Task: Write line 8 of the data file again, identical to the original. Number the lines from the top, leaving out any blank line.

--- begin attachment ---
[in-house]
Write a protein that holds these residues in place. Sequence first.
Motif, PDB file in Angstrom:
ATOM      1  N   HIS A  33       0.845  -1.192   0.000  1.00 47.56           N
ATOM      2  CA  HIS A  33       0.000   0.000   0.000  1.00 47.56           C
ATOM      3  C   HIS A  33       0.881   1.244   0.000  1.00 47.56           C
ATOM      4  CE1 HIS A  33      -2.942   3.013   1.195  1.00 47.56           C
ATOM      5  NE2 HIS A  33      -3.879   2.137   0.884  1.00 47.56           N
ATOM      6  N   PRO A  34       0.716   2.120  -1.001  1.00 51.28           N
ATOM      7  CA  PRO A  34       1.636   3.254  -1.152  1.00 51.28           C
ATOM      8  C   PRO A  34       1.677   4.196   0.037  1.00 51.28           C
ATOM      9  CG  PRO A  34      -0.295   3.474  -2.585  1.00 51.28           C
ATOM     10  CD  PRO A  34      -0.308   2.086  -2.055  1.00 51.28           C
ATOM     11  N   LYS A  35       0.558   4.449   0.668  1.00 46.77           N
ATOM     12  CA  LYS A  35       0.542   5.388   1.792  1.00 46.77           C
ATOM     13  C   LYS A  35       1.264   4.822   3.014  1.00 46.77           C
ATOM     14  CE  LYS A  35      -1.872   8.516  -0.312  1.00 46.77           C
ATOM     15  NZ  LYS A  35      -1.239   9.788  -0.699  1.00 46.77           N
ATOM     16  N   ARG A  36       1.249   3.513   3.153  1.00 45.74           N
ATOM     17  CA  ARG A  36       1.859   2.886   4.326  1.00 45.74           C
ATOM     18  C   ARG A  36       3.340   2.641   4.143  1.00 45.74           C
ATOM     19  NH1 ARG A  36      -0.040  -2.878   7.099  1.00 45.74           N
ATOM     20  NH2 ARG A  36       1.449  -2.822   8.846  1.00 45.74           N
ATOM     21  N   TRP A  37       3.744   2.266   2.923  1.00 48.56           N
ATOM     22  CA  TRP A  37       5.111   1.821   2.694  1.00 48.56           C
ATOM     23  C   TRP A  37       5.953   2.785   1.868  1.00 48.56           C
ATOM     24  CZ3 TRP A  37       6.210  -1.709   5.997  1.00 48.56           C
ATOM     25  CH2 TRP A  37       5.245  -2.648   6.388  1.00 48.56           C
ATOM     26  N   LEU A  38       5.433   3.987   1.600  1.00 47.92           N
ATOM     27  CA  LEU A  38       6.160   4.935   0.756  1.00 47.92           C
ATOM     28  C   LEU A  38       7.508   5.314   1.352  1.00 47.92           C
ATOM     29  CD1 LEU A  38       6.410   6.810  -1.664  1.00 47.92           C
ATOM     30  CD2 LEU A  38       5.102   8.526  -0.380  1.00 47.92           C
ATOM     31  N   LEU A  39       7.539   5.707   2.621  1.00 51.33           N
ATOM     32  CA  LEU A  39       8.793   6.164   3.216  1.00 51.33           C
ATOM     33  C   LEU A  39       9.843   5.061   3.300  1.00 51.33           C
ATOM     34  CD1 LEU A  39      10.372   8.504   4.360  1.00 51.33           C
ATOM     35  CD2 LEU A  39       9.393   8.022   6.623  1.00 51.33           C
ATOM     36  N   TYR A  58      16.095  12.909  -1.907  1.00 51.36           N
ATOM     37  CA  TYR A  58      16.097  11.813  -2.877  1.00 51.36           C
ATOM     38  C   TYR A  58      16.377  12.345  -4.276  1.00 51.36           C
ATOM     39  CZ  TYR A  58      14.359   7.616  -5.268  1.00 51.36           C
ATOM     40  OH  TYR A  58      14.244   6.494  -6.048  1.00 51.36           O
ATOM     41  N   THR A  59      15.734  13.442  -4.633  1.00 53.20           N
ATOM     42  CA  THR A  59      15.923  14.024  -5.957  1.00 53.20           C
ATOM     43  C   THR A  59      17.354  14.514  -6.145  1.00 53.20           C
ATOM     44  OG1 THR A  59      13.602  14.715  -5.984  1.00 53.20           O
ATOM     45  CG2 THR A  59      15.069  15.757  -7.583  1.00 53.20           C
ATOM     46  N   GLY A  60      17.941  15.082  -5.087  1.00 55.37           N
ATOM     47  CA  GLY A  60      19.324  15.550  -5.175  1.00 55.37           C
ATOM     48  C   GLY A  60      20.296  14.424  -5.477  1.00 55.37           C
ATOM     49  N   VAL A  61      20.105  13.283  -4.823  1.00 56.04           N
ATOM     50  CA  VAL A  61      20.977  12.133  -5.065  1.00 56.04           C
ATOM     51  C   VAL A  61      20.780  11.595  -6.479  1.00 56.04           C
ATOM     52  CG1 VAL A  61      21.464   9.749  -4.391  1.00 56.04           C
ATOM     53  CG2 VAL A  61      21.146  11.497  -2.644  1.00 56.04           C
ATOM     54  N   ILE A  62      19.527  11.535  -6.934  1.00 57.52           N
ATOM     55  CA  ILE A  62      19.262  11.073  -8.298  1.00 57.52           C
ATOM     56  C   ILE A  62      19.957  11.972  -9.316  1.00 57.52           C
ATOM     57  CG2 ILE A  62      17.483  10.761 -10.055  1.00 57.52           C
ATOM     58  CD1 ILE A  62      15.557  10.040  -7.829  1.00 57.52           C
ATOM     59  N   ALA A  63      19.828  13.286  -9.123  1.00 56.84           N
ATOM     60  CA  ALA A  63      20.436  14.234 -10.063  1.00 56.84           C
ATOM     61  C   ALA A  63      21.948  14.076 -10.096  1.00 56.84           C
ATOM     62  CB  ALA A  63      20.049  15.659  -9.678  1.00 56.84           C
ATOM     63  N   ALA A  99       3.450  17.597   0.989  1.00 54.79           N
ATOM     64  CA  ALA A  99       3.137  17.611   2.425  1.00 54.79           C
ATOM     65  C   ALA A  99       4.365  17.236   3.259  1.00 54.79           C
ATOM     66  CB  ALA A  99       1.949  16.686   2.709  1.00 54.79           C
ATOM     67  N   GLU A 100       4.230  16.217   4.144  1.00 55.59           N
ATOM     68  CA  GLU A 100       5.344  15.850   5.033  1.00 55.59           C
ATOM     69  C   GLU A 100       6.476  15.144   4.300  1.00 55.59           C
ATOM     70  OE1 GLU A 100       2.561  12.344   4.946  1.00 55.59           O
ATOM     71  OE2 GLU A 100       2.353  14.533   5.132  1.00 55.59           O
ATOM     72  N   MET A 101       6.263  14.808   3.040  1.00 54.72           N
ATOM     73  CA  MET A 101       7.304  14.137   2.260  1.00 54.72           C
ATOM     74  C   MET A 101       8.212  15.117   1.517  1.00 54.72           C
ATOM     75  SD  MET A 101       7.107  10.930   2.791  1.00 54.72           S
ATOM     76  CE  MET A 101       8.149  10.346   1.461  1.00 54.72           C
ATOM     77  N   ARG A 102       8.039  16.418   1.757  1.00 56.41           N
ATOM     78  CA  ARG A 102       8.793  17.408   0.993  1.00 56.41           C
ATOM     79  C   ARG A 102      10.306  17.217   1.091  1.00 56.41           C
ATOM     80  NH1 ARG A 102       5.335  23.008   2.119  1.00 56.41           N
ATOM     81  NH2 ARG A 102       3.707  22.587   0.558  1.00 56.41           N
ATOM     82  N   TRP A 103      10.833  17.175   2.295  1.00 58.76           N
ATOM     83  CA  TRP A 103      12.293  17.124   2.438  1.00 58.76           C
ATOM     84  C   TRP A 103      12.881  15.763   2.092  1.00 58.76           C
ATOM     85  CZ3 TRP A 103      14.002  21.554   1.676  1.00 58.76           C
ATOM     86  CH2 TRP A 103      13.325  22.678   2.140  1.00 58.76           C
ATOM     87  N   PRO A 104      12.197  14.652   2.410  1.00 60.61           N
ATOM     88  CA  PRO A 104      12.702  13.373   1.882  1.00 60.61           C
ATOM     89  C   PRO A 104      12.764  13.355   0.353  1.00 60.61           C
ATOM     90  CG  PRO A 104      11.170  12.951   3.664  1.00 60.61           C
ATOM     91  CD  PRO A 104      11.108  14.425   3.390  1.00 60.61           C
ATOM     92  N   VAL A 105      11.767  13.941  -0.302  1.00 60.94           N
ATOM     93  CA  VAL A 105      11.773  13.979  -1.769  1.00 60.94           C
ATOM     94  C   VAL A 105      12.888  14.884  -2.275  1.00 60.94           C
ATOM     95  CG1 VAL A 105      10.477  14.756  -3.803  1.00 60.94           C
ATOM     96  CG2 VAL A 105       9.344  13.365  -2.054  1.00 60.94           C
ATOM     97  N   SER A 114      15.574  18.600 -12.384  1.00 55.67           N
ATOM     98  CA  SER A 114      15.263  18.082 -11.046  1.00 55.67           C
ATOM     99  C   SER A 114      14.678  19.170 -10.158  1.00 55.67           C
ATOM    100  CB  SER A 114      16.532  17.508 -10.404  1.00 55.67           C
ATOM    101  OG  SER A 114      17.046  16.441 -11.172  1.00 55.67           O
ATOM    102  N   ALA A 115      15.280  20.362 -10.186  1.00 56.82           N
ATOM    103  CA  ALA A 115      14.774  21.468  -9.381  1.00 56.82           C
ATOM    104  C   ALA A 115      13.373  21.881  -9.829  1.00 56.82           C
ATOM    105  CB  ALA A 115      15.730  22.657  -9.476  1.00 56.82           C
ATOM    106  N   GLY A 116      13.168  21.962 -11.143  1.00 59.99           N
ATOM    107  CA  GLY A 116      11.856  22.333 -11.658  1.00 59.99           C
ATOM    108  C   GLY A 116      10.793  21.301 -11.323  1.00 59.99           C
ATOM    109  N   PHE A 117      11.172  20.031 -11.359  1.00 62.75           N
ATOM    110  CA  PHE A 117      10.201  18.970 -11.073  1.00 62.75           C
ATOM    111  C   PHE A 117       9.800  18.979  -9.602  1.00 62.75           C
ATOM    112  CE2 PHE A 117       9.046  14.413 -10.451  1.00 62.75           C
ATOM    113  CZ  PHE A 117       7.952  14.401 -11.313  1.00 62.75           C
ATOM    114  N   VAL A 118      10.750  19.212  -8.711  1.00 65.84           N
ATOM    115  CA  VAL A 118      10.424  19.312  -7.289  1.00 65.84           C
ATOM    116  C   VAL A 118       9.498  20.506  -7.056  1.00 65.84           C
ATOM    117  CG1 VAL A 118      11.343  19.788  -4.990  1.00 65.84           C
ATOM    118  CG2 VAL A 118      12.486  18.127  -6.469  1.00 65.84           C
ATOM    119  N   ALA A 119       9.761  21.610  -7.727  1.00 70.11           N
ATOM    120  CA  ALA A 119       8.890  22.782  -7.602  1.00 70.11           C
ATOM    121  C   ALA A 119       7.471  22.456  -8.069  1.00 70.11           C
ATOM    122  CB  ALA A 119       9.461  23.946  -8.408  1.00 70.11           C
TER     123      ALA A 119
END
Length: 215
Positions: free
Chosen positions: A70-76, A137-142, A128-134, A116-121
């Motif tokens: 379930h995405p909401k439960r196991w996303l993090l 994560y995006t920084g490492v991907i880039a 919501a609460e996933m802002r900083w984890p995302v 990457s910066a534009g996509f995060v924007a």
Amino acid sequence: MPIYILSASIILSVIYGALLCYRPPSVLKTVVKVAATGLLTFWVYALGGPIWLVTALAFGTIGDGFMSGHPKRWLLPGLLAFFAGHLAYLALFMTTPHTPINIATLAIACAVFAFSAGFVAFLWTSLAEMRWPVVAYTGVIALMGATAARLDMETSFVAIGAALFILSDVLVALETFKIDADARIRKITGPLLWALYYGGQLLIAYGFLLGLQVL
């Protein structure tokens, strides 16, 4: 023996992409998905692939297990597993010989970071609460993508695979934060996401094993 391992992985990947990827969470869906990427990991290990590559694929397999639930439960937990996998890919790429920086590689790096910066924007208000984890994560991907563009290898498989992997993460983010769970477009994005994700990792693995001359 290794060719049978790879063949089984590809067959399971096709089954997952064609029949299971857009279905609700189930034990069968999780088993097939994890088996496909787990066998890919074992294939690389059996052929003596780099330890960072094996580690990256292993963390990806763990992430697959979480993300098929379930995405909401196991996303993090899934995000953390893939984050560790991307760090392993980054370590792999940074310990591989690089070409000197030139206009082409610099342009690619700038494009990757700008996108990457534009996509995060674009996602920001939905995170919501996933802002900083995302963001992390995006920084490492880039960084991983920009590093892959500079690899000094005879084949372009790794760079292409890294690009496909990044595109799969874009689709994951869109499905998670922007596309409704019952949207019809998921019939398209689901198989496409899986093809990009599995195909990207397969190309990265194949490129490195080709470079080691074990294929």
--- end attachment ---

ATOM      5  NE2 HIS A  33      -3.879   2.137   0.884  1.00 47.56           N